BioEnergy Research, 2014, Volume 7, Issue 2, pp 681-692.
S. B. Ghugare, S. Tiwary, V. Elangovan, S. S. Tambe.
Artificial Intelligence Systems Group, Chemical Engineering & Process Development Division, National Chemical Laboratory, Dr. Homi Bhabha Road, Pashan, Pune, 411 008, India and
Chemical Engg. Department, National Institute of Technology (NIT), Tiruchirapalli, India.
The higher heating value (HHV) is an important property defining the energy content of biomass fuels. A number of proximate and/or ultimate analysis based predominantly linear correlations have been proposed for predicting the HHV of biomass fuels. A scrutiny of the relationships between the constituents of the proximate and ultimate analyses and the corresponding HHVs suggests that all relationships are not linear and thus nonlinear models may be more appropriate. Accordingly, a novel artificial intelligence (AI) formalism, namely genetic programming (GP) has been employed for the first time for developing two biomass HHV prediction models, respectively using the constituents of the proximate and ultimate analyses as the model inputs. The prediction and generalization performance of these models was compared rigorously with the corresponding multilayer perceptron (MLP) neural network based as also currently available high-performing linear and nonlinear HHV models. This comparison reveals that the HHV prediction performance of the GP and MLP models is consistently better than that of their existing linear and/or nonlinear counterparts. Specifically, the GP- and MLP-based models exhibit an excellent overall prediction accuracy and generalization performance with high (>0.95) magnitudes of the coefficient of correlation and low (<4.5 %) magnitudes of mean absolute percentage error in respect of the experimental and model-predicted HHVs. It is also found that the proximate analysis-based GP model has outperformed all the existing high-performing linear biomass HHV prediction models. In the case of ultimate analysis-based HHV models, the MLP model has exhibited best prediction accuracy and generalization performance when compared with the existing linear and nonlinear models. The AI-based models introduced in this paper due to their excellent performance have the potential to replace the existing biomass HHV prediction models.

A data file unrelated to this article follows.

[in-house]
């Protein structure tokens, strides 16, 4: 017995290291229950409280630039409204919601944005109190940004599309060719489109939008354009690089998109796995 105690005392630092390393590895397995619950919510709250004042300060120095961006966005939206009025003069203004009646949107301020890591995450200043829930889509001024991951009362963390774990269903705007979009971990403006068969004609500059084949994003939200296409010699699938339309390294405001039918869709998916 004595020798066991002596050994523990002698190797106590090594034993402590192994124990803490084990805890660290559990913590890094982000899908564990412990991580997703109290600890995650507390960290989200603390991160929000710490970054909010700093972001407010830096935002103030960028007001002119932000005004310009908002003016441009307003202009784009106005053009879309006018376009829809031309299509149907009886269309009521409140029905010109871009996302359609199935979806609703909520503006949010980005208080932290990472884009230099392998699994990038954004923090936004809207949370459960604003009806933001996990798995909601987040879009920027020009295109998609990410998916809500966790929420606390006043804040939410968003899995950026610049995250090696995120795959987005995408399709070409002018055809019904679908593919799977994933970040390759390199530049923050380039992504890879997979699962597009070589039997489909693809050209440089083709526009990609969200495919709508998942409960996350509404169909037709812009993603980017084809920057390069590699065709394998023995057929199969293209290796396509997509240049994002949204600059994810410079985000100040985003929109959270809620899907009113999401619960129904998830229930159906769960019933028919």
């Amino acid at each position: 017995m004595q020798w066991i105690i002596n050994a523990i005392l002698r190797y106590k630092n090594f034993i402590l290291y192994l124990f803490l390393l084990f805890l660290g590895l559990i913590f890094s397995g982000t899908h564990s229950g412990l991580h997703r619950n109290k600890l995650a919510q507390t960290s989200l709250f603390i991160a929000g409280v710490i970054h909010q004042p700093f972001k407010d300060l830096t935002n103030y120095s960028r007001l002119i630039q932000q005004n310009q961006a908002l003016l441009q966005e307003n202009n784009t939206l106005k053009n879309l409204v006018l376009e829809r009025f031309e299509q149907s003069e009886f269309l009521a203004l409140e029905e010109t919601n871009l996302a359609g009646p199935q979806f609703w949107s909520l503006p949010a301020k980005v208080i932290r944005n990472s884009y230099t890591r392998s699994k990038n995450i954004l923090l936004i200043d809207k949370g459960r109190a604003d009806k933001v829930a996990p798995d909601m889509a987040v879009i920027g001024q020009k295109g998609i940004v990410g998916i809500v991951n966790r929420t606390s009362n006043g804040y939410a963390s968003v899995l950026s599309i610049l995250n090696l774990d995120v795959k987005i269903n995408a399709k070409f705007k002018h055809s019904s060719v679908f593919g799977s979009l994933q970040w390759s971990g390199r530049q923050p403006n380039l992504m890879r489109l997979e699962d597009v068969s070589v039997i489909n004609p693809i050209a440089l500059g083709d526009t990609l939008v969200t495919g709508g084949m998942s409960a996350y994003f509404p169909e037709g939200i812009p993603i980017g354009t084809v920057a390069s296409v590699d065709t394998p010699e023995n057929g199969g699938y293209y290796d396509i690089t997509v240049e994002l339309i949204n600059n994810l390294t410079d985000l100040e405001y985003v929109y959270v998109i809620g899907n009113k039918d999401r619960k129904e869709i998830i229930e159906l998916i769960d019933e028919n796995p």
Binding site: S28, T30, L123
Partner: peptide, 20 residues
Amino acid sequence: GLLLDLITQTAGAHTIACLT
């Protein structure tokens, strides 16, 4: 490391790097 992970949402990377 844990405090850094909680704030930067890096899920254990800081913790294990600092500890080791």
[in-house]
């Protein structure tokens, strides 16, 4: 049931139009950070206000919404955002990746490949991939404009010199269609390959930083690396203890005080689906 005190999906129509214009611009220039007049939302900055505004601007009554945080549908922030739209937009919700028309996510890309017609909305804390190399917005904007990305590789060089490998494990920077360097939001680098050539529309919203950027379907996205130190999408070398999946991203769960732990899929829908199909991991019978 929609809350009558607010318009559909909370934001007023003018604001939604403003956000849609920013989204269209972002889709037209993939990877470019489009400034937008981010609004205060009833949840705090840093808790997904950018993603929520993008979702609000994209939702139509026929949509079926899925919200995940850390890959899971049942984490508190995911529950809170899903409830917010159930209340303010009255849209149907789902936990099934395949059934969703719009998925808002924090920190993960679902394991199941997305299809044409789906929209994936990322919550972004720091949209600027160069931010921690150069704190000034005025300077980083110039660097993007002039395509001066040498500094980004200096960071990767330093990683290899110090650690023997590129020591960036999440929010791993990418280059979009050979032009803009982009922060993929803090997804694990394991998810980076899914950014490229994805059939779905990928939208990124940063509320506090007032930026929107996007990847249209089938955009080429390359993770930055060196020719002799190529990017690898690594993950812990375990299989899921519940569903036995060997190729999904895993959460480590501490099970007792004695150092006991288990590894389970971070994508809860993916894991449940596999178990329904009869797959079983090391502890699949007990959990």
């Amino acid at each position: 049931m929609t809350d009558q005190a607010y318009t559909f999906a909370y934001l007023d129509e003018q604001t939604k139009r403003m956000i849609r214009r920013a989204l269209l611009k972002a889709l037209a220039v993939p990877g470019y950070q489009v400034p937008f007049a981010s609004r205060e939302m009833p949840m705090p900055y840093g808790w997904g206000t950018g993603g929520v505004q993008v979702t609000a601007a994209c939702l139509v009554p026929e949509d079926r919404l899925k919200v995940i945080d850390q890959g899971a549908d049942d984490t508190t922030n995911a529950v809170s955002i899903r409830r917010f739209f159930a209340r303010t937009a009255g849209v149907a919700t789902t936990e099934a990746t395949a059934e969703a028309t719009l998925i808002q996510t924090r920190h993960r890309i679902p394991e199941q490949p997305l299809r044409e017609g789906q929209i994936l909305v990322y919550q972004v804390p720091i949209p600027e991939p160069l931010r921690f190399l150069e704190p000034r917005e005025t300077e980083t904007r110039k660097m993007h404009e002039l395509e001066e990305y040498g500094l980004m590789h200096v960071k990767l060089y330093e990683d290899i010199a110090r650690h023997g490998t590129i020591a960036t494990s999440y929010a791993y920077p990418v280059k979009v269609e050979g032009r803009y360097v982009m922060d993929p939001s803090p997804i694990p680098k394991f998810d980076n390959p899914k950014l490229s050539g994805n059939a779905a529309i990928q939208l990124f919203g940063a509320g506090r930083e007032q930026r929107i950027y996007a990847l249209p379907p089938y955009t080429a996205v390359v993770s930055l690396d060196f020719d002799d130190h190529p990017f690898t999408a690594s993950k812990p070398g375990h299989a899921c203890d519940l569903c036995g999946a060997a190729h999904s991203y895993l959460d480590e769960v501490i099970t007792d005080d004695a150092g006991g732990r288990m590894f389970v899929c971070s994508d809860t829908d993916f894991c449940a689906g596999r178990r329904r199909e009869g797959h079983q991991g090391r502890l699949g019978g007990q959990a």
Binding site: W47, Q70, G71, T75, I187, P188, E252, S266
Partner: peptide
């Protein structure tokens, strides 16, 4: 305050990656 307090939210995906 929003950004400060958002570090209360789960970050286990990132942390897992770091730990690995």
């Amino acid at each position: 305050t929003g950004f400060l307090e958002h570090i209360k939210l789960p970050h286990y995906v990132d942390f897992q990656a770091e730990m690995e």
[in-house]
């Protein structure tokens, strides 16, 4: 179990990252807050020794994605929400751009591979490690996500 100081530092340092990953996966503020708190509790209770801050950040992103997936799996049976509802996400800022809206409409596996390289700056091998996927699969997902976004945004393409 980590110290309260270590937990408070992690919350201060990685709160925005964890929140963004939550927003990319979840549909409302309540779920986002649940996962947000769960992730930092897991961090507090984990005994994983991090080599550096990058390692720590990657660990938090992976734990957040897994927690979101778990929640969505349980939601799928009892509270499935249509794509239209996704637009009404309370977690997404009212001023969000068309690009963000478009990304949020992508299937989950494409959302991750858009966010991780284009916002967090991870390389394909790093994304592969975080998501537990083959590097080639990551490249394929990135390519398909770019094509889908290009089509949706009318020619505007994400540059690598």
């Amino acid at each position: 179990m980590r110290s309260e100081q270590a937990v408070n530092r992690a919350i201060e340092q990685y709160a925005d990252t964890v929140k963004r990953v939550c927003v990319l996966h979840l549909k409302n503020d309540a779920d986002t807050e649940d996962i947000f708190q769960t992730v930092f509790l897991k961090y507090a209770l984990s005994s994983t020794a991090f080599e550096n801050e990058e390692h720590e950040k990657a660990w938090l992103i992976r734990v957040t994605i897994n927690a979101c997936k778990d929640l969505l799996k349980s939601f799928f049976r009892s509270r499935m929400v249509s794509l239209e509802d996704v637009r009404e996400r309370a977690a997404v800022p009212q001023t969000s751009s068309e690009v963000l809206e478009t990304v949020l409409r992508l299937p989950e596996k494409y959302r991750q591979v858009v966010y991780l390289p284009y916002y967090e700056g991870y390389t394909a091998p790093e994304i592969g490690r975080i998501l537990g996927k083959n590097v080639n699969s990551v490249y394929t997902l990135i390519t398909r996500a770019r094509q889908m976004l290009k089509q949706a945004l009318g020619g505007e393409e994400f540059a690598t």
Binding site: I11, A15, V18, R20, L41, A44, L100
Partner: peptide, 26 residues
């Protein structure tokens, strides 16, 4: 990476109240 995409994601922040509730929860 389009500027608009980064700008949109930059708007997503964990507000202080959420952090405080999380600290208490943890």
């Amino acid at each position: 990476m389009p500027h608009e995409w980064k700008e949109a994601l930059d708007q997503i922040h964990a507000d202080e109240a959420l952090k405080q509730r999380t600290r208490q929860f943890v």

Solid biomass fuels (biofuels) form an important renewable energy source. The experimental estimation of the energy content of a biofuel in terms of higher heating value (HHV) is a tedious and time-consuming laboratory procedure. Thus, proximate and ultimate analysis based models have been developed for predicting HHV of solid biofuels (Figure 1a). The basic assumption underlying most of these models that there exist linear relationships between elements of the proximate/ultimate analyses and HHV, is not unambiguously supported by the corresponding experimental data (Figure 1b). Accordingly, this study has developed proximate/ultimate analysis based nonlinear models for HHV prediction using two artificial intelligence (AI) methods, namely genetic programming (GP) and multi-layer perceptron (MLP) neural networks (Figure 1c).
The novelty of this study is that GP-based models have been employed for the first time to predict HHV of biofuels. A special characteristic of GP is that it can search and optimize an appropriate linear or a nonlinear model that best fits a given set of data. For proximate as also ultimate analysis based models, GP has searched nonlinear forms for predicting HHV, thus indicating that these type of models are more suited than the earlier predominantly linear models. The GP and MLP-based nonlinear models developed in this study possess much better prediction and generalization performances when compared with all the earlier models. Also, a large and varied database consisting of proximate and ultimate analyses of 382 and 536 biofuels, respectively, has been used to develop the AI-based models thus giving them broader applicability. The HHV prediction models introduced in this paper, due to their excellent performance, possess a potential of replacing the existing models.
Figure 1: (a) status of existing models for the prediction of HHVs of solid biofuels, (b) nature of dependencies between some constituents of the proximate/ultimate analysis and HHV of solid biofuels, (c) nature of artificial intelligence based models developed for the prediction of biofuel HHVs.